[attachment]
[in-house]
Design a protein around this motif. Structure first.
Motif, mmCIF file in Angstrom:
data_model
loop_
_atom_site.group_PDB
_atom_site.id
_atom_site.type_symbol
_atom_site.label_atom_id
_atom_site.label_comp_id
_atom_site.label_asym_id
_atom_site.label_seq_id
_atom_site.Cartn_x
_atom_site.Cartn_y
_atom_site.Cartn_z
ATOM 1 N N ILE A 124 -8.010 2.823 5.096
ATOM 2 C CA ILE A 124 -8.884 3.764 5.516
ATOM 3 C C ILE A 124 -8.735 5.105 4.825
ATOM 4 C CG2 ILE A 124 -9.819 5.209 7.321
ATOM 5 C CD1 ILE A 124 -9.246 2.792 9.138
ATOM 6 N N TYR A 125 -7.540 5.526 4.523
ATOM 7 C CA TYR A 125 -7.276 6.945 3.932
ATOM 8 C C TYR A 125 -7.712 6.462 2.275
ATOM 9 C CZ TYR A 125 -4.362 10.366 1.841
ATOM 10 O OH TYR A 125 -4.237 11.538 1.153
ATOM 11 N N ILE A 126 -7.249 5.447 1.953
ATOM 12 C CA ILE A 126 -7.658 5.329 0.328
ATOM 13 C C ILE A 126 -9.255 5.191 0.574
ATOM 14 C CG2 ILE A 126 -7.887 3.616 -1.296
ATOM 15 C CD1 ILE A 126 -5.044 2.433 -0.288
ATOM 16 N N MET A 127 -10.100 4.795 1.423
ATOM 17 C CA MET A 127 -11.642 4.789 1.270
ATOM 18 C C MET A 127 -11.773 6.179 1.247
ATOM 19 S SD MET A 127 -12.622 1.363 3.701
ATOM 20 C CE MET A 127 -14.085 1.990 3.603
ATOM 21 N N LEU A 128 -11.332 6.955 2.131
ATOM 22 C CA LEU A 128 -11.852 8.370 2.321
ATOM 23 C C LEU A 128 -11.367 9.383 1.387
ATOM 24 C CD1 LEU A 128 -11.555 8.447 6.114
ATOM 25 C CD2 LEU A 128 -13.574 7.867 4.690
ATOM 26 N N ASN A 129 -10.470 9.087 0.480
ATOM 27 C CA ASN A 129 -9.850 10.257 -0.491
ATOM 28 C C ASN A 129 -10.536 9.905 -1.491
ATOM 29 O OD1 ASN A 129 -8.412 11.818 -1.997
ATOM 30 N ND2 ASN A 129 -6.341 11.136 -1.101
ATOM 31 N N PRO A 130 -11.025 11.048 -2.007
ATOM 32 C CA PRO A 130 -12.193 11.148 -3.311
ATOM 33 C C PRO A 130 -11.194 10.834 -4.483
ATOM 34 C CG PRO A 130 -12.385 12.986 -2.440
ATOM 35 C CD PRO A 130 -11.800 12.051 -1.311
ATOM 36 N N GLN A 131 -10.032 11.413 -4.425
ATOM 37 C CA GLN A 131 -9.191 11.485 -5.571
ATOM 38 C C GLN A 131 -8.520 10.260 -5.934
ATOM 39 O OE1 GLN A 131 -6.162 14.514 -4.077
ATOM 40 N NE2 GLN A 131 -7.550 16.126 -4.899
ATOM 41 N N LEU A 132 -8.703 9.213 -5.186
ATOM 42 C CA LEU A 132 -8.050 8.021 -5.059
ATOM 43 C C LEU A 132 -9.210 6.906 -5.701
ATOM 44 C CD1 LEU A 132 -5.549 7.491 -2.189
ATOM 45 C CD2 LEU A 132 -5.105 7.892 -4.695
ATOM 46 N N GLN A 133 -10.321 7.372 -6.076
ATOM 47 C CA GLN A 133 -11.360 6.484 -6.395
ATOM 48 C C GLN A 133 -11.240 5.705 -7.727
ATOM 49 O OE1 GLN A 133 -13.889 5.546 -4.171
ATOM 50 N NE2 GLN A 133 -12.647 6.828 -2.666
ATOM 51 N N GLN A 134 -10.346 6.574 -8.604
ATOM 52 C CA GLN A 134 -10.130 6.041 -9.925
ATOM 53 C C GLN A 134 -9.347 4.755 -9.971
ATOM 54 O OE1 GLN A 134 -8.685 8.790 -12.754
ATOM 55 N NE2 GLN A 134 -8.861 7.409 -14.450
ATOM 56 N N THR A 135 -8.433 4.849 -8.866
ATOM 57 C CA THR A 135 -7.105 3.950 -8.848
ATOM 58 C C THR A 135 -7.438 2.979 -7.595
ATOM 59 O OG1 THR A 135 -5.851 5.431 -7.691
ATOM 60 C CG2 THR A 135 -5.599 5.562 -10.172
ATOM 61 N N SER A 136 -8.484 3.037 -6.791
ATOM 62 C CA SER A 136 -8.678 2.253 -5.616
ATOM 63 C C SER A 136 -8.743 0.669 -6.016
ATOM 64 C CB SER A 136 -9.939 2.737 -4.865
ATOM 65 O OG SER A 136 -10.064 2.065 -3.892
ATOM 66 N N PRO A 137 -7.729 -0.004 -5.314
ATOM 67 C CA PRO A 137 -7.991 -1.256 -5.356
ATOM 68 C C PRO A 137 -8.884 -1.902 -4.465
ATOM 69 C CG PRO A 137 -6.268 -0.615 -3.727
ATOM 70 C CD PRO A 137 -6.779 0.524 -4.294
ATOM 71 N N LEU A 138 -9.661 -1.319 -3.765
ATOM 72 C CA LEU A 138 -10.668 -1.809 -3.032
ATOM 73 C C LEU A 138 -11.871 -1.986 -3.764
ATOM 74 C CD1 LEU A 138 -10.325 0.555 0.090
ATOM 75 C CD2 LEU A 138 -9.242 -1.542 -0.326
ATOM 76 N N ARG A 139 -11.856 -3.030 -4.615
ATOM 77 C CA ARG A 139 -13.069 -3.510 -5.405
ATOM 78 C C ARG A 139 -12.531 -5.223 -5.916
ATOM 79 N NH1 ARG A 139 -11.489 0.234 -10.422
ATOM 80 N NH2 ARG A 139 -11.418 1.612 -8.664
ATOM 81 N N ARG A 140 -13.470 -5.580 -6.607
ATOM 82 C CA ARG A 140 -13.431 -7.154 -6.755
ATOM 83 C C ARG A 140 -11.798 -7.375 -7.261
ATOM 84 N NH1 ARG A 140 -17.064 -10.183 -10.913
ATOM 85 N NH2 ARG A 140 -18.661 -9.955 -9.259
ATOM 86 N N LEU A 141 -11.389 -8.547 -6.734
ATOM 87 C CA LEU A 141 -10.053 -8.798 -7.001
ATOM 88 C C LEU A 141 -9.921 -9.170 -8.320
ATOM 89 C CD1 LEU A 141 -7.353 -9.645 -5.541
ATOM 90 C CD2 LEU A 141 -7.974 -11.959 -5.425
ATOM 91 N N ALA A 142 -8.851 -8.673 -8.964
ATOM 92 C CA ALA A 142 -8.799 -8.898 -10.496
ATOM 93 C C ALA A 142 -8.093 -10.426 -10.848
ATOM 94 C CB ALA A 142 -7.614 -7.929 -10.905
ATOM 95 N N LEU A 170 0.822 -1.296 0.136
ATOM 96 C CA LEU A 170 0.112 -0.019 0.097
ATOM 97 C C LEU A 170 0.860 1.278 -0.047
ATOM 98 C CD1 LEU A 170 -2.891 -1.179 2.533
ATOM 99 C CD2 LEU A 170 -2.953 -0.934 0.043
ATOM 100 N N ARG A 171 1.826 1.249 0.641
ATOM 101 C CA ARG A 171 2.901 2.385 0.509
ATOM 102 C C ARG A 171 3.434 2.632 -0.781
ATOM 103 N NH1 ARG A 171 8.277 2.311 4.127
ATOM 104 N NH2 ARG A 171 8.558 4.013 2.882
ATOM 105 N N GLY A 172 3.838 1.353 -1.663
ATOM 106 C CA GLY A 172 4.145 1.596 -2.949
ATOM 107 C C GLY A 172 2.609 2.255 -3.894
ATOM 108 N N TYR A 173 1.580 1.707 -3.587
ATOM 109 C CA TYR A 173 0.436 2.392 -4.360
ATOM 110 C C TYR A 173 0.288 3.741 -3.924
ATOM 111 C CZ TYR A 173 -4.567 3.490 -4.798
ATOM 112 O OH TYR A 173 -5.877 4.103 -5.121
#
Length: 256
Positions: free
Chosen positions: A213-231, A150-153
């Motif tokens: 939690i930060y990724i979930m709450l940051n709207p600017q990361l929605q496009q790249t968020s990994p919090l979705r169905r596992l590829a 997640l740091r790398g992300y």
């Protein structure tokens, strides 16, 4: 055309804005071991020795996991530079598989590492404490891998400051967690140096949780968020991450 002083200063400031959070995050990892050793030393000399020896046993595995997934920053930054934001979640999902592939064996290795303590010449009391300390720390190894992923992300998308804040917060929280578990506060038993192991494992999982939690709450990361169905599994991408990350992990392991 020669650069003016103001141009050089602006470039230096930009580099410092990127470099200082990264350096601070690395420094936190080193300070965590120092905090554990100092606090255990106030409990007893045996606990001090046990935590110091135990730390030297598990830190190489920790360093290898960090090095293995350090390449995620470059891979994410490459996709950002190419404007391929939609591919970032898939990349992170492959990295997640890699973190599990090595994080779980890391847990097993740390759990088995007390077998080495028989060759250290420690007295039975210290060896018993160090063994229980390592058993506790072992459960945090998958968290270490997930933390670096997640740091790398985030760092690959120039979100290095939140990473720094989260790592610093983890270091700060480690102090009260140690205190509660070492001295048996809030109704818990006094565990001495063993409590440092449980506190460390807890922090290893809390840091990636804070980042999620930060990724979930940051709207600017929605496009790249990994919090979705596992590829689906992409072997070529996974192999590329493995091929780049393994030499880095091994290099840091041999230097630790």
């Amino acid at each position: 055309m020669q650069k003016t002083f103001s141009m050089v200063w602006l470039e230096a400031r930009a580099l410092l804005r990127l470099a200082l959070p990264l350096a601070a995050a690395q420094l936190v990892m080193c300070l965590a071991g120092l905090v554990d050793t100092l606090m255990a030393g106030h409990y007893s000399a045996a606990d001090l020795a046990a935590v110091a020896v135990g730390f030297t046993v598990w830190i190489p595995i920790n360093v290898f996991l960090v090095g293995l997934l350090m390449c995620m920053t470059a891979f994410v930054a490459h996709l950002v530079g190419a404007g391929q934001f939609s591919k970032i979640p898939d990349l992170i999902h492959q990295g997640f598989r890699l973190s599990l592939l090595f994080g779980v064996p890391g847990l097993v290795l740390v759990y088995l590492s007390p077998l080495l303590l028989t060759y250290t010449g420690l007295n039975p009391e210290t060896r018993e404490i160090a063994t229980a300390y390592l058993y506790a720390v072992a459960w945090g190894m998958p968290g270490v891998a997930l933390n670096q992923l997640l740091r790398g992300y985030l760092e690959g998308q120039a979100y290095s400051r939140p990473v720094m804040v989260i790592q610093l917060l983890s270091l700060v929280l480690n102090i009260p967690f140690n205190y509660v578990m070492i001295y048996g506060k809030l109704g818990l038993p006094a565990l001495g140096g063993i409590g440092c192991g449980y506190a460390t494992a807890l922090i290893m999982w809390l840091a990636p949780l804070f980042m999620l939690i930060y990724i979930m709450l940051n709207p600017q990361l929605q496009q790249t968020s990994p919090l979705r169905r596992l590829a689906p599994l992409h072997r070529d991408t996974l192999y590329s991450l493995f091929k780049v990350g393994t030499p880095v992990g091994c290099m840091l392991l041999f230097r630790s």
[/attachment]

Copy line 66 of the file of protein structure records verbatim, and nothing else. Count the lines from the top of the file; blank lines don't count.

ATOM 51 N N GLN A 134 -10.346 6.574 -8.604